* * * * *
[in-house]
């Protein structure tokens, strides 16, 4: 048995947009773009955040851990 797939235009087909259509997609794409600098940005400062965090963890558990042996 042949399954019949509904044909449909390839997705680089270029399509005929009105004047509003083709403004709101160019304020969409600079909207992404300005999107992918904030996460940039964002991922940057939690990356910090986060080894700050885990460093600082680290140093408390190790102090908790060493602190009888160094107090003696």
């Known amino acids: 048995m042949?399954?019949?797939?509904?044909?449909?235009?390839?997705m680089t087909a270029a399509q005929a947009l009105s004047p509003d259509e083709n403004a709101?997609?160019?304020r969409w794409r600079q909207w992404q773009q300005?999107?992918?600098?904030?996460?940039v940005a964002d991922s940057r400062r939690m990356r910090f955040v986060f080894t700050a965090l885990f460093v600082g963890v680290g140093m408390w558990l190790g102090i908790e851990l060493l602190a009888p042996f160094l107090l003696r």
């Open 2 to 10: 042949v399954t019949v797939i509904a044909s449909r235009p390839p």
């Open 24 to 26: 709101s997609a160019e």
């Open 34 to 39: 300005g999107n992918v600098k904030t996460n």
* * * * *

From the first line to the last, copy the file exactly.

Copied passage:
[in-house]
């Protein structure tokens, strides 16, 4: 048995947009773009955040851990 797939235009087909259509997609794409600098940005400062965090963890558990042996 042949399954019949509904044909449909390839997705680089270029399509005929009105004047509003083709403004709101160019304020969409600079909207992404300005999107992918904030996460940039964002991922940057939690990356910090986060080894700050885990460093600082680290140093408390190790102090908790060493602190009888160094107090003696």
């Known amino acids: 048995m042949?399954?019949?797939?509904?044909?449909?235009?390839?997705m680089t087909a270029a399509q005929a947009l009105s004047p509003d259509e083709n403004a709101?997609?160019?304020r969409w794409r600079q909207w992404q773009q300005?999107?992918?600098?904030?996460?940039v940005a964002d991922s940057r400062r939690m990356r910090f955040v986060f080894t700050a965090l885990f460093v600082g963890v680290g140093m408390w558990l190790g102090i908790e851990l060493l602190a009888p042996f160094l107090l003696r």
């Open 2 to 10: 042949v399954t019949v797939i509904a044909s449909r235009p390839p």
């Open 24 to 26: 709101s997609a160019e």
């Open 34 to 39: 300005g999107n992918v600098k904030t996460n």